Silverfish (Lepisma saccharina)

Silverfish are cosmopolitan insects that have been widely distributed by commerce.  It is thought that they originated in the tropics. They are small insects, up to ¾ inch long and silvery in color.  They are covered in scales, which will be hard to see with the naked eye, and they have three appendages protruding from their abdomen. They feed on fungus, sugar and starch products such as flour, glue and paste. They can feed on some synthetic fabrics and cellulose which includes paper, books, photographs and cardboard boxes.  They will also feed on dead insects.  Silverfish are attracted to moisture so you want to make sure you fix any plumbing leaks as soon as possible.  They are frequently found in crawl spaces under a home if it is damp there. You have to make sure no moisture is available for these insects and try to keep items such as paper, books, and food products as far from the floor as possible.

They tend to hide their presence from humans which means any damage they have caused could go unnoticed as well. While silverfish are mainly a nuisance pest, they can contaminate food and damage paper goods such as wallpaper and books. Frequently, homeowners detect silverfish when they find one on the floor or in a sink or bathtub. Their feeding damage also can indicate their presence, along with their tiny pepperlike faeces.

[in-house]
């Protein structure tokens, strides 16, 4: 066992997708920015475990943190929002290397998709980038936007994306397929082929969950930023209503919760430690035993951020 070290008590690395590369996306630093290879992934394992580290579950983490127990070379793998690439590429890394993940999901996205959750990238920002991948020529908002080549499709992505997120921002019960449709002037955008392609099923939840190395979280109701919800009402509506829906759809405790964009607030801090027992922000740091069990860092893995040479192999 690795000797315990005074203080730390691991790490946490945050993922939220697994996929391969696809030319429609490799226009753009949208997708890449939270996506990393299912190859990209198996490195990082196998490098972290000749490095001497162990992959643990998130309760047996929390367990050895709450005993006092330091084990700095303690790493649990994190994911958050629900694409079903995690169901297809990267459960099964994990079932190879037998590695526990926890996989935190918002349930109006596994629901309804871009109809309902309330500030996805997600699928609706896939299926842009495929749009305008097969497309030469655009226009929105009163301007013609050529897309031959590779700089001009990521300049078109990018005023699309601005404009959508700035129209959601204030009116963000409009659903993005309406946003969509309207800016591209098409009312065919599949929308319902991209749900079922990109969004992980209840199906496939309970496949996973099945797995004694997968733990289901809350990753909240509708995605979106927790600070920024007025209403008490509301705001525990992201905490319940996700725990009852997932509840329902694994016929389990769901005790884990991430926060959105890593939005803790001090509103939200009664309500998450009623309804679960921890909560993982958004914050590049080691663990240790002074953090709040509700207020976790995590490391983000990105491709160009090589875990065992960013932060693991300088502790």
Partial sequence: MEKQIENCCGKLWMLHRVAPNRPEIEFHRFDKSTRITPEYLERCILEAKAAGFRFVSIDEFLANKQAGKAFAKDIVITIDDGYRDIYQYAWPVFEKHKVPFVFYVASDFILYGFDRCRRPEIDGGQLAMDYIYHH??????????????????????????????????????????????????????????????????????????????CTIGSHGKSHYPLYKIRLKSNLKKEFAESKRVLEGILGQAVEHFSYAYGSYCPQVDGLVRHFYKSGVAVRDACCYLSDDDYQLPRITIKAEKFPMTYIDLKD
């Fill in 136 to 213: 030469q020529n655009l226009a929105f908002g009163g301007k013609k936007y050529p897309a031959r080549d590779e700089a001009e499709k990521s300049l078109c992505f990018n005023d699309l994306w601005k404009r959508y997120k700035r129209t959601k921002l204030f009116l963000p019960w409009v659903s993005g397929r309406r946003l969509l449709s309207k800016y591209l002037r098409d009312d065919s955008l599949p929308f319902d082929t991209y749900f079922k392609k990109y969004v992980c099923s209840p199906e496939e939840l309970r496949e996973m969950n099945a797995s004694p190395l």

Silverfish typically live for two to eight years. They are agile runners and can outrun most of their predators (such as spiders and centipedes). However such running is only possible on horizontal surfaces, as they lack any additional appendages and, therefore, are not fast enough to climb walls at the same speed.

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